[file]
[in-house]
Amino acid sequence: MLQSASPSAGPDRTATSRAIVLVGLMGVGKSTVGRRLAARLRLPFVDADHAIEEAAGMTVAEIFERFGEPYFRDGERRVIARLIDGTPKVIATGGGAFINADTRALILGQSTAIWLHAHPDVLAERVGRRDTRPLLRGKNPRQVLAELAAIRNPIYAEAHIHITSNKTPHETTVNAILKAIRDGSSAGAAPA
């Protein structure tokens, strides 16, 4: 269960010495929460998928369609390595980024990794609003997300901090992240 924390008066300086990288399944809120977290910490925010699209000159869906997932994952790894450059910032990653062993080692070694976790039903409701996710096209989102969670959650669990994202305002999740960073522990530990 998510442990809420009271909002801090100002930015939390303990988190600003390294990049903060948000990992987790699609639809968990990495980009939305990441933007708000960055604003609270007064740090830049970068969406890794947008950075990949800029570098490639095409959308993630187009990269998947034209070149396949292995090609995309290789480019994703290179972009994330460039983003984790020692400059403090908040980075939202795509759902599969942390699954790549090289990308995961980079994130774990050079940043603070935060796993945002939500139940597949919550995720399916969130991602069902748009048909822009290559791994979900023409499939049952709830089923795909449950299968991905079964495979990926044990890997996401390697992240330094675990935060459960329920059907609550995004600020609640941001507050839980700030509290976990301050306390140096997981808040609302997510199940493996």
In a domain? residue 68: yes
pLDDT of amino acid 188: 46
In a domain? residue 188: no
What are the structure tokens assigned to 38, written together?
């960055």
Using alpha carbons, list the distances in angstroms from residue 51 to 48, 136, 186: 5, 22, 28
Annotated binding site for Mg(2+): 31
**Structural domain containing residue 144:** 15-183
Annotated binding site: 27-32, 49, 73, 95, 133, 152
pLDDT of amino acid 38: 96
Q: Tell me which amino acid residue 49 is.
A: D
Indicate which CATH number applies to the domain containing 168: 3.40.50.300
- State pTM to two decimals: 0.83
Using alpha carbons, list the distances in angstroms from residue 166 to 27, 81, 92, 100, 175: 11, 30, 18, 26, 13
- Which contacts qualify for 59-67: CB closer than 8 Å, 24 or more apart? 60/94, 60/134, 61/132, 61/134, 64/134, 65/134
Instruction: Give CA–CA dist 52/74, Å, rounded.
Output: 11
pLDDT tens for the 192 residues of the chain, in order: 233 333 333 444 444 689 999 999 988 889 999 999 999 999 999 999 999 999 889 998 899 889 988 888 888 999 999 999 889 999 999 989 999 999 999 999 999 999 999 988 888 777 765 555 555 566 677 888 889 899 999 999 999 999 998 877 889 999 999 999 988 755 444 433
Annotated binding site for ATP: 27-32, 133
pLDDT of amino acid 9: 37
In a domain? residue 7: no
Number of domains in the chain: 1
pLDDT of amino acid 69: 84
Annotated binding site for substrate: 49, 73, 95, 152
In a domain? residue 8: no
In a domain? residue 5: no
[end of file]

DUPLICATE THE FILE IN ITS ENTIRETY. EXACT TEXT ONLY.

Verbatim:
[in-house]
Amino acid sequence: MLQSASPSAGPDRTATSRAIVLVGLMGVGKSTVGRRLAARLRLPFVDADHAIEEAAGMTVAEIFERFGEPYFRDGERRVIARLIDGTPKVIATGGGAFINADTRALILGQSTAIWLHAHPDVLAERVGRRDTRPLLRGKNPRQVLAELAAIRNPIYAEAHIHITSNKTPHETTVNAILKAIRDGSSAGAAPA
């Protein structure tokens, strides 16, 4: 269960010495929460998928369609390595980024990794609003997300901090992240 924390008066300086990288399944809120977290910490925010699209000159869906997932994952790894450059910032990653062993080692070694976790039903409701996710096209989102969670959650669990994202305002999740960073522990530990 998510442990809420009271909002801090100002930015939390303990988190600003390294990049903060948000990992987790699609639809968990990495980009939305990441933007708000960055604003609270007064740090830049970068969406890794947008950075990949800029570098490639095409959308993630187009990269998947034209070149396949292995090609995309290789480019994703290179972009994330460039983003984790020692400059403090908040980075939202795509759902599969942390699954790549090289990308995961980079994130774990050079940043603070935060796993945002939500139940597949919550995720399916969130991602069902748009048909822009290559791994979900023409499939049952709830089923795909449950299968991905079964495979990926044990890997996401390697992240330094675990935060459960329920059907609550995004600020609640941001507050839980700030509290976990301050306390140096997981808040609302997510199940493996």
In a domain? residue 68: yes
pLDDT of amino acid 188: 46
In a domain? residue 188: no
What are the structure tokens assigned to 38, written together?
């960055």
Using alpha carbons, list the distances in angstroms from residue 51 to 48, 136, 186: 5, 22, 28
Annotated binding site for Mg(2+): 31
**Structural domain containing residue 144:** 15-183
Annotated binding site: 27-32, 49, 73, 95, 133, 152
pLDDT of amino acid 38: 96
Q: Tell me which amino acid residue 49 is.
A: D
Indicate which CATH number applies to the domain containing 168: 3.40.50.300
- State pTM to two decimals: 0.83
Using alpha carbons, list the distances in angstroms from residue 166 to 27, 81, 92, 100, 175: 11, 30, 18, 26, 13
- Which contacts qualify for 59-67: CB closer than 8 Å, 24 or more apart? 60/94, 60/134, 61/132, 61/134, 64/134, 65/134
Instruction: Give CA–CA dist 52/74, Å, rounded.
Output: 11
pLDDT tens for the 192 residues of the chain, in order: 233 333 333 444 444 689 999 999 988 889 999 999 999 999 999 999 999 999 889 998 899 889 988 888 888 999 999 999 889 999 999 989 999 999 999 999 999 999 999 988 888 777 765 555 555 566 677 888 889 899 999 999 999 999 998 877 889 999 999 999 988 755 444 433
Annotated binding site for ATP: 27-32, 133
pLDDT of amino acid 9: 37
In a domain? residue 7: no
Number of domains in the chain: 1
pLDDT of amino acid 69: 84
Annotated binding site for substrate: 49, 73, 95, 152
In a domain? residue 8: no
In a domain? residue 5: no